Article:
If non-zero, indicates that an object (other than ego) hit the edge of
 the picture. The value of the var is the number of the object.

edge.obj.hit
 When non-zero, indicates the edge of the screen that the object hit.
    top 1
    right 2
    bottom 3
    left 4

Object 14 is the goat. Not certain that the edge constant values are in alignment. On a first read of this logic, it would seem to be the bit of code that handles the goat walking from room 10 in to room 11. It seems to be Donald's assessment as well. But if that is the case (which it probably is), then the edge being tested should be the right edge and not the top edge.

I've found the equivalent code in the AGIv2 PC version using AGI Studio:

Code: [Select]
  if (v5 == 2) {
    erase(o13);
    reset(f20);
    v111 = 11;
  }

This would appear to confirm that the edge should indeed by right (i.e. 2). v5 is edge.obj.hit. The code obviously isn't exactly the same. The additional checks in the if are instead handled further up. Obviously the clearing of f20 isn't in the magazine version. So either that really wasn't there, or they gave him an example that wasn't actually complete (or perhaps had a bug in it).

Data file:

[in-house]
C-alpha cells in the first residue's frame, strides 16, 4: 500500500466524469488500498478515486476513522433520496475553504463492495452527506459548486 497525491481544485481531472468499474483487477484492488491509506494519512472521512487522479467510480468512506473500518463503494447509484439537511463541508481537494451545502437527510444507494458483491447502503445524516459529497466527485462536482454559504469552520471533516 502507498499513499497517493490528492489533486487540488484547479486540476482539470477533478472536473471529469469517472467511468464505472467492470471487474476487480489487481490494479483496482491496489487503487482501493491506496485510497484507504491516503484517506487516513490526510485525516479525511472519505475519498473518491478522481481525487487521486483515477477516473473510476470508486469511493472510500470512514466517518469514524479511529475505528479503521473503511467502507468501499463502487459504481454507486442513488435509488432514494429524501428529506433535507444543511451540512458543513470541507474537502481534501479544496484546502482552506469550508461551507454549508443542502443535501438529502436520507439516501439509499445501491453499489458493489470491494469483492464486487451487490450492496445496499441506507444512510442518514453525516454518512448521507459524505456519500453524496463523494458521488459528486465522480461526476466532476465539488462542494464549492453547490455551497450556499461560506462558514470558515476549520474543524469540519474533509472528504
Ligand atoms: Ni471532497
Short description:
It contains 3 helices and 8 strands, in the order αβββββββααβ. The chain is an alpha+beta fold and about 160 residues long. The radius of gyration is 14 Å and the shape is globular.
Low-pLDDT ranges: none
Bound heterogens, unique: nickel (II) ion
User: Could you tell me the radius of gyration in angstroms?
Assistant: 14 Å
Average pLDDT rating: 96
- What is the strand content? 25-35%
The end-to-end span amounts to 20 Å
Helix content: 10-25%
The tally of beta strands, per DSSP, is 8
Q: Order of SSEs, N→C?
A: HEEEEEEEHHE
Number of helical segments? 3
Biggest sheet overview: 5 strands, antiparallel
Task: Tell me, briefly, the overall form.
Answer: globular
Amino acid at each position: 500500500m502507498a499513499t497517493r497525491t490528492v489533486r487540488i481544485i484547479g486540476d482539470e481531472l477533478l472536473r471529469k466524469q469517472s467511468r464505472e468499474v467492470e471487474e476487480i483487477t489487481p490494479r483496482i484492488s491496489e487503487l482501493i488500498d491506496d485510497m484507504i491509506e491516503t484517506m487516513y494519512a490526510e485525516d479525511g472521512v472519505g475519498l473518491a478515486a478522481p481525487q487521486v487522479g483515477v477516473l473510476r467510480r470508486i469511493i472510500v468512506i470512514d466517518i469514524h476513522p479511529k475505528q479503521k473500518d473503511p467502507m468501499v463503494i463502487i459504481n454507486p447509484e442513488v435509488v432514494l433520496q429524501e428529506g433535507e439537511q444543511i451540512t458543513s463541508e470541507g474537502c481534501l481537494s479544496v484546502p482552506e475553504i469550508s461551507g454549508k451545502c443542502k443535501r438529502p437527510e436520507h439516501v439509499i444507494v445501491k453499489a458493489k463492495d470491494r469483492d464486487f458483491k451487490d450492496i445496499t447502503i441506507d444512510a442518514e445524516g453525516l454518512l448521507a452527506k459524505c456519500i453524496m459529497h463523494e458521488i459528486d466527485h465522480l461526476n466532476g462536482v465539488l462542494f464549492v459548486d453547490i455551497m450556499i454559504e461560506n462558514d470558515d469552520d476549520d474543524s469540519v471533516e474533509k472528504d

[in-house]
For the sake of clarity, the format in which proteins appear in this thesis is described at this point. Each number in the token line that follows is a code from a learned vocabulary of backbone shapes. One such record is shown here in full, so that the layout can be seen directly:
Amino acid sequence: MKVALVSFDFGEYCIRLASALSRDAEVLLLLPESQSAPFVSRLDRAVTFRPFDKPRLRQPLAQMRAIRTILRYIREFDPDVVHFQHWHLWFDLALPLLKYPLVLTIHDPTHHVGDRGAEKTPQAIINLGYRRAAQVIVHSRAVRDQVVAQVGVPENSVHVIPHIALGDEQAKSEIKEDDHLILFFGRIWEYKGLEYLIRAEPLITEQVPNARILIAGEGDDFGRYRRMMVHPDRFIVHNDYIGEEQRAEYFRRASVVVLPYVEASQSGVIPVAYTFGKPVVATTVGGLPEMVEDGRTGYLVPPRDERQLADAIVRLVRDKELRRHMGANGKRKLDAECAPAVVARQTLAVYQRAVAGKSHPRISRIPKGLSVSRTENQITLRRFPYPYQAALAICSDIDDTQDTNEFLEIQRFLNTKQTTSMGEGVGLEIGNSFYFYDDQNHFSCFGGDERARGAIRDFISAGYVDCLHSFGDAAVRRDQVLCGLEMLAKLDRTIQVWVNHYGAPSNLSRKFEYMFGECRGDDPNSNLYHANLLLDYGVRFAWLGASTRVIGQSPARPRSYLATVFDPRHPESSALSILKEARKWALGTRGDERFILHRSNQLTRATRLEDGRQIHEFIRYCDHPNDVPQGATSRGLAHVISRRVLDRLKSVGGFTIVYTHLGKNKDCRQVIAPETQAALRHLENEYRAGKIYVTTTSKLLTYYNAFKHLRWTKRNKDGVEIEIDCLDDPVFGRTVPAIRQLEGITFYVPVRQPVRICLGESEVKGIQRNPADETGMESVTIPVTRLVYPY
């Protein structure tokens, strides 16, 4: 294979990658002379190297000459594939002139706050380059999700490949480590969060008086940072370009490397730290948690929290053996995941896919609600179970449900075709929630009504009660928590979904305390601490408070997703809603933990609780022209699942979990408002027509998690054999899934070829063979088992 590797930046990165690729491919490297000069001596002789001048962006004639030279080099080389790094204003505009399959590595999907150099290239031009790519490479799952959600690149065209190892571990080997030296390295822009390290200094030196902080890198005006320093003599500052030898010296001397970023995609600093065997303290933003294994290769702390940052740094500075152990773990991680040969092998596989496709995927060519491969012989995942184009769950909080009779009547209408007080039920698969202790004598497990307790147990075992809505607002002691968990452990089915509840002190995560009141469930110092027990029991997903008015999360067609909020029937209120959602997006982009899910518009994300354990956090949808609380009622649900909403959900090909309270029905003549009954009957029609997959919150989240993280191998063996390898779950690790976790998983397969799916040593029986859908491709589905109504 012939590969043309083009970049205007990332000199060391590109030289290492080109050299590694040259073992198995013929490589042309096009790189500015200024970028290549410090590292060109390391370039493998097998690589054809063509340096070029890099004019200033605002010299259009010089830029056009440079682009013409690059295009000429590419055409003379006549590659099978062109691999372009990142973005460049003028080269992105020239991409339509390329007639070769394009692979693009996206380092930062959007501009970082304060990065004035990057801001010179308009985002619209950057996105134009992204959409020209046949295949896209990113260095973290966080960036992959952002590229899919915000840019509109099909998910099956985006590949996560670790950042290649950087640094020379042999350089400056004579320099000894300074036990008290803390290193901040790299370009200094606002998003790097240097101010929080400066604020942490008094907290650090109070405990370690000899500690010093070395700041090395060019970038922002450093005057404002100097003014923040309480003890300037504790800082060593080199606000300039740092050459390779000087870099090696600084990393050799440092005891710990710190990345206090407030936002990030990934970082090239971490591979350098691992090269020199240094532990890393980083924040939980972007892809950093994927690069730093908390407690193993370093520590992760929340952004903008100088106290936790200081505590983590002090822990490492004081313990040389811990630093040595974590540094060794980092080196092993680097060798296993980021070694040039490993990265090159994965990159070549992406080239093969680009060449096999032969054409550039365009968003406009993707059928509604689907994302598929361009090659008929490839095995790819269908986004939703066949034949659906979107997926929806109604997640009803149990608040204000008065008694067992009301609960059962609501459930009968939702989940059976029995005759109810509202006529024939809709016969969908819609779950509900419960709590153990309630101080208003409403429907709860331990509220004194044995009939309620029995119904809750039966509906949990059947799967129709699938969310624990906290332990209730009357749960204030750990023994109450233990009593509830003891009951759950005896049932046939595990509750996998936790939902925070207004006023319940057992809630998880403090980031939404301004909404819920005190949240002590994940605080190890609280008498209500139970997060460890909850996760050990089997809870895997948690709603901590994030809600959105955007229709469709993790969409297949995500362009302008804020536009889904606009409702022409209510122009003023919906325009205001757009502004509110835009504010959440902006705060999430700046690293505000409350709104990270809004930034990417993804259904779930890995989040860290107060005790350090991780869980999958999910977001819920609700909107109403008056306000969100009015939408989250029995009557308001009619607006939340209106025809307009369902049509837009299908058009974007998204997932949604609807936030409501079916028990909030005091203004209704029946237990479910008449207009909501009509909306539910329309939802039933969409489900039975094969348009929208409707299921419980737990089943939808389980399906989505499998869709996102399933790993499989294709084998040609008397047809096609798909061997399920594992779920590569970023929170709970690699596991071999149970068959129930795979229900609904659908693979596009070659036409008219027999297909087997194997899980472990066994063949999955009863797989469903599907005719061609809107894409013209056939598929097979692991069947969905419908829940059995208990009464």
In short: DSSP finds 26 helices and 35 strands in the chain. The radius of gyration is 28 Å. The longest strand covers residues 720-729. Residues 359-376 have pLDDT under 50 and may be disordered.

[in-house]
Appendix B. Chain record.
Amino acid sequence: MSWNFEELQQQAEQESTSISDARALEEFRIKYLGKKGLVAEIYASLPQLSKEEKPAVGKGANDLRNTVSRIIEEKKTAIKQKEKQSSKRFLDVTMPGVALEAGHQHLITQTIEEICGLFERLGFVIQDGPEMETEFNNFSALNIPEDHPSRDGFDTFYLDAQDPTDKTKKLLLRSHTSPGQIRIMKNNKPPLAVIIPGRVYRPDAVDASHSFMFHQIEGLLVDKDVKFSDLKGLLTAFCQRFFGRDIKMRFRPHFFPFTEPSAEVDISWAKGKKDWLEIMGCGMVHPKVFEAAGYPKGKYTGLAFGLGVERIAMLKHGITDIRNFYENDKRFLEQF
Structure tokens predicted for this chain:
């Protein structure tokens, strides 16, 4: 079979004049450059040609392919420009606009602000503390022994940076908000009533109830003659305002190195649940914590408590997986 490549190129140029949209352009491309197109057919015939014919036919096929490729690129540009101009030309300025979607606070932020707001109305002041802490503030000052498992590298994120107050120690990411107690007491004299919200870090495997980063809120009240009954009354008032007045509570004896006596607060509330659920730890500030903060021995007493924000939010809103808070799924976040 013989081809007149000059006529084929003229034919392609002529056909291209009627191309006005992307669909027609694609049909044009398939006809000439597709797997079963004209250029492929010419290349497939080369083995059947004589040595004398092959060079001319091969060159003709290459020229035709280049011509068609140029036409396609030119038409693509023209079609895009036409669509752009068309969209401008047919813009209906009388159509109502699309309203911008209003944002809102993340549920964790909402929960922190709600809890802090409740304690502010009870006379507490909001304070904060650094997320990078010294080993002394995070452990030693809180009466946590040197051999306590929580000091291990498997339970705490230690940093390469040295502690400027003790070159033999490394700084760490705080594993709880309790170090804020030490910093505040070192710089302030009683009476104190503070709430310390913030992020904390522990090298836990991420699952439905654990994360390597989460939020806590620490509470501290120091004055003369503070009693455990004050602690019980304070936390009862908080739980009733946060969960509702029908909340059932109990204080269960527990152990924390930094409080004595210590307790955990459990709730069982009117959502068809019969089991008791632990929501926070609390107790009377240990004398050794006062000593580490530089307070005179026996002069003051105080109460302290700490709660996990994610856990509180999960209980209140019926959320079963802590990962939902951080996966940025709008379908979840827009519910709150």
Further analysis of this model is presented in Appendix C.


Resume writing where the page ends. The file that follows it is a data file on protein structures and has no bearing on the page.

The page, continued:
Offline NewRisingSun

Re: "Sierra Gets Creative" by Jimmy Maher
« Reply #47 on: October 22, 2016, 11:28:17 AM »
I have now stepped through KQ1's virtual machine enough to gain a basic understanding of how it works, and what the logic file format is like.

There are only two directories: rooms, and views. The directory is in absolute sector number 10, which in most disk images is at file offset 0x1400. The room directory is in the first 512 bytes, the view directory in the second 512 bytes. Each entry is of double-word size, containing the absolute start sector number, the number of sectors, and the starting offset into the start sector number. A room begins with the logic resource, directly followed by the picture resource. Resources have no headers, unlike AGI, where they start with 0x12 0x34 volume sizeLo sizeHi.